MacCready Gossamer Penguin

From Wikipedia, the free encyclopedia
  (Redirected from Gossamer Penguin)
Jump to navigation Jump to search
Gossamer Penguin
Gossamer penguin.jpg
Test flight of the Gossamer Penguin
Role experimental aircraft
National origin United States
Manufacturer AeroVironment
Designer Paul MacCready
First flight May 18, 1979
Number built 1
Developed from Gossamer Albatross
Developed into Solar Challenger

The Gossamer Penguin was a solar-powered experimental aircraft created by Paul MacCready's AeroVironment.[1] MacCready, whose Gossamer Albatross had made the first human-powered flight in 1977, told reporters two weeks in June, 1980 that "The first solar-powered flight ever made took place on May 18." [2] The testing ground was at Minter Field outside of Shafter, California. [2]

The Penguin was a 3/4 scale version of the Gossamer Albatross II, and had a 71 ft.(21.64 meter) wingspan and a weight, without pilot, of 68 lb (31 kg). The powerplant was an AstroFlight Astro-40 electric motor, driven by a 541 watt solar panel consisting of 3920 solar cells.[3]

Initial test flights were performed using a 28 cell NiCad battery pack instead of a panel. The test pilot for these flights was MacCready's 13-year-old son Marshall, who weighed 80 lb (36 kg).

The official pilot for the project was Janice Brown, a charter pilot with commercial, instrument, and glider ratings who weighed slightly less than 100 lb (45 kg). She flew the Penguin approximately 40 times before a 1.95 mi (3.14 km) public demonstration at NASA's Dryden Flight Research Center on August 7, 1980.[4]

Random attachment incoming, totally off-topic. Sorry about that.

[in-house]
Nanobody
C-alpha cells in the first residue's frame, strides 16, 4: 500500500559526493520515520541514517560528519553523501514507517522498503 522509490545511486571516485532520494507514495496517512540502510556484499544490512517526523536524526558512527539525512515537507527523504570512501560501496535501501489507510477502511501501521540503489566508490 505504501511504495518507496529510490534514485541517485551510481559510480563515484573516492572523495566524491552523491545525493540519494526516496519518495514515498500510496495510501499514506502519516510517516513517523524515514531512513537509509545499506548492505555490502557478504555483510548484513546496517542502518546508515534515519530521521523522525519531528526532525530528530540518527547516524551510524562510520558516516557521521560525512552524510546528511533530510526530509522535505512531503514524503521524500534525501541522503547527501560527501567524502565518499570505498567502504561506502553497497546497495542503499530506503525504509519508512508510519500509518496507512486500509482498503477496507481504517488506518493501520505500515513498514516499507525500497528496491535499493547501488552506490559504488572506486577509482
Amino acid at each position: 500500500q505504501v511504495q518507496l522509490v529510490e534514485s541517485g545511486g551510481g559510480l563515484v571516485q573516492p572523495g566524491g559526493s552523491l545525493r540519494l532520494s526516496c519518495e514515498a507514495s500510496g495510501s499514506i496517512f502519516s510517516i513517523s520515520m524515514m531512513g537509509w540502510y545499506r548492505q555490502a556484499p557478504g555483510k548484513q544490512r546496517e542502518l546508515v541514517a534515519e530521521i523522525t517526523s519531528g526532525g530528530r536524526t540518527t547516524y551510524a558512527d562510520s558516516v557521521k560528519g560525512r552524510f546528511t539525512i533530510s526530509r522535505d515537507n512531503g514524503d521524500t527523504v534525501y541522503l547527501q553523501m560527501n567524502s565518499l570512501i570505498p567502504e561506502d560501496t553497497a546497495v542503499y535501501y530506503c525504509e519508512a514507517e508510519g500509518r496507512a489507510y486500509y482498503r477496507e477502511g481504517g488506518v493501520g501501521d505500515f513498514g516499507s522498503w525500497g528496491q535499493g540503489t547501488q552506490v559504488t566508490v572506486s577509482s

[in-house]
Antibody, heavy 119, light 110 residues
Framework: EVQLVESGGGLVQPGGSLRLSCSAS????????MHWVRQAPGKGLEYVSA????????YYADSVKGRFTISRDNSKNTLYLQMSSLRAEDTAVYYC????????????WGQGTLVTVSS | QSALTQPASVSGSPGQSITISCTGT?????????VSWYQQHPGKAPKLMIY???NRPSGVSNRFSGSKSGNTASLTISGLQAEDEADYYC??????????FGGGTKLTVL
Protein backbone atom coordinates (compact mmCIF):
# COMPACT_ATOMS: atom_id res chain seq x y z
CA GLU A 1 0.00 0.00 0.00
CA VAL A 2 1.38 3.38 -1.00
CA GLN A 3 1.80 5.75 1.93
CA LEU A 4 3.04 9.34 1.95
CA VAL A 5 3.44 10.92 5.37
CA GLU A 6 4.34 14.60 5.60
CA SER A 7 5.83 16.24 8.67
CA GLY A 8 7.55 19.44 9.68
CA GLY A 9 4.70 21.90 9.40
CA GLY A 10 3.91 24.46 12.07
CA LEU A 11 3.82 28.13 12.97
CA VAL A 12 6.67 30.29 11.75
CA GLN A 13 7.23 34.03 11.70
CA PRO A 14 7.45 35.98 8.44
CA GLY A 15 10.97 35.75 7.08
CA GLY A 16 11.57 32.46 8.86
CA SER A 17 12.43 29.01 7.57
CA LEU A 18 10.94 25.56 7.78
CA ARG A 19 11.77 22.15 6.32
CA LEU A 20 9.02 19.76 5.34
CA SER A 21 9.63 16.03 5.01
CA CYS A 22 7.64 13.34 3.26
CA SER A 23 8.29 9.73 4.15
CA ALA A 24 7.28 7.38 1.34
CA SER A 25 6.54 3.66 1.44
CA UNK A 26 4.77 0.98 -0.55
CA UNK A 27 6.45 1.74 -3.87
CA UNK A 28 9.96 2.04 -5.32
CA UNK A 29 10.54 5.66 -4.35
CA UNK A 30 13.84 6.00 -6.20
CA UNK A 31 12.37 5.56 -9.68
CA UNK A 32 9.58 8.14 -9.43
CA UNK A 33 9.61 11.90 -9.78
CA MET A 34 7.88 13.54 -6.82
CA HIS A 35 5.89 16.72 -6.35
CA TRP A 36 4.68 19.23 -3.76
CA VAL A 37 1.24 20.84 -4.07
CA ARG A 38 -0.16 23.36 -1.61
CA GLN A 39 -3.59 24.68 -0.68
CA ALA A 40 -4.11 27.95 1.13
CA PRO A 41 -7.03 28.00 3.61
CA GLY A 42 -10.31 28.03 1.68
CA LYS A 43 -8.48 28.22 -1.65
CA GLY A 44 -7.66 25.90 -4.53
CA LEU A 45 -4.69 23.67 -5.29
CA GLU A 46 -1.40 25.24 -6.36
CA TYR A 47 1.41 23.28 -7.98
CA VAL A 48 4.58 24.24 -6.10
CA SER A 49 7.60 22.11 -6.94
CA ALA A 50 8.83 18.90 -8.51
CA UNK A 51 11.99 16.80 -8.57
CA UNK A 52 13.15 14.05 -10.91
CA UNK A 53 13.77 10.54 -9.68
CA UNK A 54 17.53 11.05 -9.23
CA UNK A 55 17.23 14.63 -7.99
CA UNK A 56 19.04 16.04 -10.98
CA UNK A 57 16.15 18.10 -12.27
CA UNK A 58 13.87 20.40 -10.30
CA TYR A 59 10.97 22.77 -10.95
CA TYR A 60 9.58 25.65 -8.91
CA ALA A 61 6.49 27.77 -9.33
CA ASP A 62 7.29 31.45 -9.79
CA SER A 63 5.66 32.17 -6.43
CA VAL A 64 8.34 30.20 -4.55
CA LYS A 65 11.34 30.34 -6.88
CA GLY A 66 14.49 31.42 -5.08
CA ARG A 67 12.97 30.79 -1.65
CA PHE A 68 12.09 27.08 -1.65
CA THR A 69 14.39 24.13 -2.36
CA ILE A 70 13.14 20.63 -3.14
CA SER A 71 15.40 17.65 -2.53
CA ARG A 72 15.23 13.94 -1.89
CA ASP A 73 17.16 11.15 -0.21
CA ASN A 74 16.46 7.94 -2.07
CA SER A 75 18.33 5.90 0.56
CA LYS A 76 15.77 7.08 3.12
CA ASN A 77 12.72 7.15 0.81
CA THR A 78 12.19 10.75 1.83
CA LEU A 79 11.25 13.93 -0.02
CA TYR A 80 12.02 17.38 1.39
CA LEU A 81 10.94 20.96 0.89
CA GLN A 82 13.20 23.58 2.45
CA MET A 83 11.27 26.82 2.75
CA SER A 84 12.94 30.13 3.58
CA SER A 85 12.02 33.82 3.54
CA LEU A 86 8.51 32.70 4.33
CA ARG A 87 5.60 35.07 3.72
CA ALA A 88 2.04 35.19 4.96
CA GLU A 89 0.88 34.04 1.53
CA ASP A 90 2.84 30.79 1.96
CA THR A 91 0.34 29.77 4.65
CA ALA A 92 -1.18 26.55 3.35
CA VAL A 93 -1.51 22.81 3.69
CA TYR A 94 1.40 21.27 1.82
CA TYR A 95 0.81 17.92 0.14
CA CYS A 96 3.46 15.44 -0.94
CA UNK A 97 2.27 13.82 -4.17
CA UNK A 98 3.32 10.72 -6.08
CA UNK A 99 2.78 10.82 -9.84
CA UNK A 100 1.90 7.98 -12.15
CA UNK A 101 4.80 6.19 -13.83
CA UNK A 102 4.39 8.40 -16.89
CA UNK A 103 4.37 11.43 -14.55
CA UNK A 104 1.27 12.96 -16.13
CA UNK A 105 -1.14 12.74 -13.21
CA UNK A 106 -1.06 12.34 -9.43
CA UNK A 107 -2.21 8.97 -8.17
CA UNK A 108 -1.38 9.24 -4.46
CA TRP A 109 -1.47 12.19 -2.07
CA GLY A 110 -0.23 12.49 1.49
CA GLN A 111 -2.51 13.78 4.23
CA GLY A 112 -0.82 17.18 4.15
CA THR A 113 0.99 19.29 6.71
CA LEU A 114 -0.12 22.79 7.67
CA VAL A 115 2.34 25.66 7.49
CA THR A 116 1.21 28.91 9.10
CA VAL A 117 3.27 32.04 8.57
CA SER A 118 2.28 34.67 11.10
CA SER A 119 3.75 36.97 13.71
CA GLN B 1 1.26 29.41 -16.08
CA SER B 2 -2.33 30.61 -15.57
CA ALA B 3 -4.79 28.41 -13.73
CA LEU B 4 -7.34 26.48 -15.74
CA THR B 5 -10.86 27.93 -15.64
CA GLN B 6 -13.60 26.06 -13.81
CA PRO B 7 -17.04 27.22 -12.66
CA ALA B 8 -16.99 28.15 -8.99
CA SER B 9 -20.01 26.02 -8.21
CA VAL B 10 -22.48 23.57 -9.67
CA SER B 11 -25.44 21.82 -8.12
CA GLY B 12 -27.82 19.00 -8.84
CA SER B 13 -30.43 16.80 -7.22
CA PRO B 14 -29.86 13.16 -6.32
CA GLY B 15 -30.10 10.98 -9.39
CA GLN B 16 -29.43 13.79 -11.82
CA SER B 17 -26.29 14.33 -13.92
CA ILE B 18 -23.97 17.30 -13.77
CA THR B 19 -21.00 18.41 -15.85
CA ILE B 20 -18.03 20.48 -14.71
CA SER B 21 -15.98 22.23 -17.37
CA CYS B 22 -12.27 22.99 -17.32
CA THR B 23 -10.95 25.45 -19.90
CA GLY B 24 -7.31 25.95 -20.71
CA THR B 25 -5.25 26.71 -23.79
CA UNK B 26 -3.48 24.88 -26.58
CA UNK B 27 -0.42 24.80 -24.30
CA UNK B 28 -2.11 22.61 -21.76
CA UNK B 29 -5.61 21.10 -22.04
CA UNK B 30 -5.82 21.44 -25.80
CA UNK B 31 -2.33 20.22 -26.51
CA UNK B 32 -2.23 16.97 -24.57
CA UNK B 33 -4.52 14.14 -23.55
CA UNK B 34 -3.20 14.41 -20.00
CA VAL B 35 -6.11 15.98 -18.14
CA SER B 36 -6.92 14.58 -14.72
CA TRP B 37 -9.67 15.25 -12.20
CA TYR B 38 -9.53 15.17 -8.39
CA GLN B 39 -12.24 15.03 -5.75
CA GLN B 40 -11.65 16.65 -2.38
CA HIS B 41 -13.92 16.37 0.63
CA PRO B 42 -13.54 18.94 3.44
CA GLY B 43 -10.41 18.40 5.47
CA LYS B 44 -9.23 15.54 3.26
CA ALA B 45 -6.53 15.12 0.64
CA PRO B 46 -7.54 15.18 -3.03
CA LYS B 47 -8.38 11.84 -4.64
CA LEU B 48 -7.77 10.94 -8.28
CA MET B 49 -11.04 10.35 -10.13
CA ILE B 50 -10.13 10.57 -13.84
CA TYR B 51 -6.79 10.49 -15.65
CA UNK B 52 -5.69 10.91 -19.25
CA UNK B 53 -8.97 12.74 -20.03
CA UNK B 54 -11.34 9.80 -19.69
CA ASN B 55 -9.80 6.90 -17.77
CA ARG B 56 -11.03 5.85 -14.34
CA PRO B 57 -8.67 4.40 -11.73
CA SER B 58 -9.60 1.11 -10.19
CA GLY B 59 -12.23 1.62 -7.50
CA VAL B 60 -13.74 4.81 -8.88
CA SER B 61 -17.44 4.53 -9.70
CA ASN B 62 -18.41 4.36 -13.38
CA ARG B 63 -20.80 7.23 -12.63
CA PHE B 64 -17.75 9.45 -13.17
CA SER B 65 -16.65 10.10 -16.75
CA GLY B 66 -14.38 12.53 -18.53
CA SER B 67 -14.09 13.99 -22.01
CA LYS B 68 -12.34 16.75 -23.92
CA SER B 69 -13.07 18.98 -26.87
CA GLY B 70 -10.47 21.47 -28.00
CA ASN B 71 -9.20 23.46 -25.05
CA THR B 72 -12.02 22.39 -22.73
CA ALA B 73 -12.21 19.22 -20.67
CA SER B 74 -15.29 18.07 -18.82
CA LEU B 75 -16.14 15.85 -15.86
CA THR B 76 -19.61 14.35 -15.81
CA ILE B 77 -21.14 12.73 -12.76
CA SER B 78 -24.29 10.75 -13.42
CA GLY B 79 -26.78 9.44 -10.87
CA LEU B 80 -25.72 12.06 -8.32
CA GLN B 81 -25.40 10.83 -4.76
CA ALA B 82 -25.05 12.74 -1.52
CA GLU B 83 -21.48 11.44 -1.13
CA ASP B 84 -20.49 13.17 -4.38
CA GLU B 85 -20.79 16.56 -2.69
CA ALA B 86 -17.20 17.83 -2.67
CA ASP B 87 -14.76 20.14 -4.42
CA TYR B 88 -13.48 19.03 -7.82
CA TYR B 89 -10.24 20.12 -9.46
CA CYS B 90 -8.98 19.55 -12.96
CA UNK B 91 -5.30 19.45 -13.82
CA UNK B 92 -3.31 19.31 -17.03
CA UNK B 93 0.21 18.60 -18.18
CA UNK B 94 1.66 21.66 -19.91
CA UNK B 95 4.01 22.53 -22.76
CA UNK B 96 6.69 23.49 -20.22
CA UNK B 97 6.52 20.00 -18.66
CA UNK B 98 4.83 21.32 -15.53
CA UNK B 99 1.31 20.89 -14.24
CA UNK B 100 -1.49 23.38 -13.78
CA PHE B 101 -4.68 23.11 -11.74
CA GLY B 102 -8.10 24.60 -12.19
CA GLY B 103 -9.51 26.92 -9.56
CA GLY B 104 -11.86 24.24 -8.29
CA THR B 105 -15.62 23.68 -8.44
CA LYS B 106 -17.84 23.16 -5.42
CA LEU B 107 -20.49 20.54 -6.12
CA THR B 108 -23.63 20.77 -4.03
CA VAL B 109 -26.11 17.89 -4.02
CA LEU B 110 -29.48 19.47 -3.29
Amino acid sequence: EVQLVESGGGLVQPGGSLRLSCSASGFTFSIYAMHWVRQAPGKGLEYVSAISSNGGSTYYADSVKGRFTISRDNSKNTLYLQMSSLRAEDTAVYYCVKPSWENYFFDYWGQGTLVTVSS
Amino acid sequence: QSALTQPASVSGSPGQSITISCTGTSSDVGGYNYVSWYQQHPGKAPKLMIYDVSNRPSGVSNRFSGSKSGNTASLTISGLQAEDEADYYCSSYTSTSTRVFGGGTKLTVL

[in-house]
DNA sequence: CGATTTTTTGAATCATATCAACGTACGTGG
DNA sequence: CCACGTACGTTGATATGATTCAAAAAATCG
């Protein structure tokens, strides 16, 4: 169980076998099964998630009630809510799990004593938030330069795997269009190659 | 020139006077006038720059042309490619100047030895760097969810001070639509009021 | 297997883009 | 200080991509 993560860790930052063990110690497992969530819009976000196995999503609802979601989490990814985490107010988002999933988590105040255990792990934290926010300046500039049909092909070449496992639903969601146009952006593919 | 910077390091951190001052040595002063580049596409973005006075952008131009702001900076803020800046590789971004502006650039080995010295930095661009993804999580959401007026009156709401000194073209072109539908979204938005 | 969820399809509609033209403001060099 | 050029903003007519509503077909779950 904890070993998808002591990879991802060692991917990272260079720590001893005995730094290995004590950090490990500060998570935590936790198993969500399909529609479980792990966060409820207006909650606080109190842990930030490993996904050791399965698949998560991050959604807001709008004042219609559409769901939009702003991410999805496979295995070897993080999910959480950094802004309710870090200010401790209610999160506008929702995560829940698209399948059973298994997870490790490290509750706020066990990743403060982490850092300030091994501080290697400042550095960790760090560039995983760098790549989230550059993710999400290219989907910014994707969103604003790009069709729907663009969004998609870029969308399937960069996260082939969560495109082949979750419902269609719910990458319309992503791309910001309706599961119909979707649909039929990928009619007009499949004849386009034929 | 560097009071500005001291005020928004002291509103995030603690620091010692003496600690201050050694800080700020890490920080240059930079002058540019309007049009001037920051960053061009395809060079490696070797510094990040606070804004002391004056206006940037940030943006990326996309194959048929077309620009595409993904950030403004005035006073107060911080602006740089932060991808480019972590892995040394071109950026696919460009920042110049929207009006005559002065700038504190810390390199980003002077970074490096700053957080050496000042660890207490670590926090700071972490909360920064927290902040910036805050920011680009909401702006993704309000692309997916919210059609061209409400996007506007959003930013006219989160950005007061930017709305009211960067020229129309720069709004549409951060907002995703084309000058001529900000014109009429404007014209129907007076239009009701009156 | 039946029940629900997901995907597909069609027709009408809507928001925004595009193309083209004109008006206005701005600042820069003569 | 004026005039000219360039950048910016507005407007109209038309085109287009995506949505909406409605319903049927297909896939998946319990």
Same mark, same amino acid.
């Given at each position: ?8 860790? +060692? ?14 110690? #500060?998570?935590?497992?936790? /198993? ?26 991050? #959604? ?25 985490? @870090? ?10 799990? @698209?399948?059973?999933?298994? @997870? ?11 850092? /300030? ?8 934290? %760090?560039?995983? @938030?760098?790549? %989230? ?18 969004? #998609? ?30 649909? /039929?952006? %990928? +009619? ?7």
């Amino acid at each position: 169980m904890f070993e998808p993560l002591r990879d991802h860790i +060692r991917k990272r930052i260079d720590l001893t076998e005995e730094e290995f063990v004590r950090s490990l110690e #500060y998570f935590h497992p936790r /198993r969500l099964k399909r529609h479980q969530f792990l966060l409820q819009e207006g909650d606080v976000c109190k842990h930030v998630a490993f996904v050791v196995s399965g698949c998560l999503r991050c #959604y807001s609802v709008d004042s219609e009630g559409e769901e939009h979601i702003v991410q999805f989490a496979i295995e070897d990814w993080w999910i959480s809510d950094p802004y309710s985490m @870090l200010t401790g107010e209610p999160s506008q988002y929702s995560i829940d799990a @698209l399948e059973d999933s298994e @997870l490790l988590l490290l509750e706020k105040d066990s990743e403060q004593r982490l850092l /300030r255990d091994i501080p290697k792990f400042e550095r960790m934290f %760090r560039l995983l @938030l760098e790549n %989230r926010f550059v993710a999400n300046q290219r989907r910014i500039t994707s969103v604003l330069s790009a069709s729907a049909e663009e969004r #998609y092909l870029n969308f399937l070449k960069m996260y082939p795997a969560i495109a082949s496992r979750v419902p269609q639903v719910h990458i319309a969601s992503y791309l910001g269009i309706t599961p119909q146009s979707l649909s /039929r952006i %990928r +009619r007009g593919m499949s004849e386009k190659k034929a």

Specifications[edit]

Data from MacCready, Lissaman, Morgan, and Burke 1983[1]

General characteristics

  • Crew: 1
  • Wingspan: 71 ft 0 in (21.64 m)
  • Wing area: 297 sq ft (27.6 m2)
  • Empty weight: 68 lb (30.8 kg)
  • Fuel capacity: 28 x D type Nickel Cadmium (NiCad) cells or 3920 solar cells
  • Powerplant: 1 × Astro-Flight Astro-40 double brush DC electric motor with 133:1 reduction

See also[edit]

Related development

References[edit]

  1. ^ a b P.B. MacCready; P.B.S. Lissaman; W.R. Morgan; J.D. Burke (June 1983). "Sun-Powered Aircraft Designs". Journal of Aircraft. 20 (6): 487–493. doi:10.2514/3.44898. ISSN 0021-8669.
  2. ^ a b "Plane flies on sun power", by Terrance W. McGarry, United Press International report in the Spokane (WA) Chronicle, June 5, 1980, p12
  3. ^ Boucher, Robert, J. (June 11–13, 1984). History of Solar Flight (AIAA-84-1429). 20th Joint Propulsion Conference, Cincinnati, Ohio: American Institute of Aeronautics and Astronautics. doi:10.2514/6.1984-1429.CS1 maint: location (link)
  4. ^ Solar-powered Gossamer Penguin in flight, USA: NASA.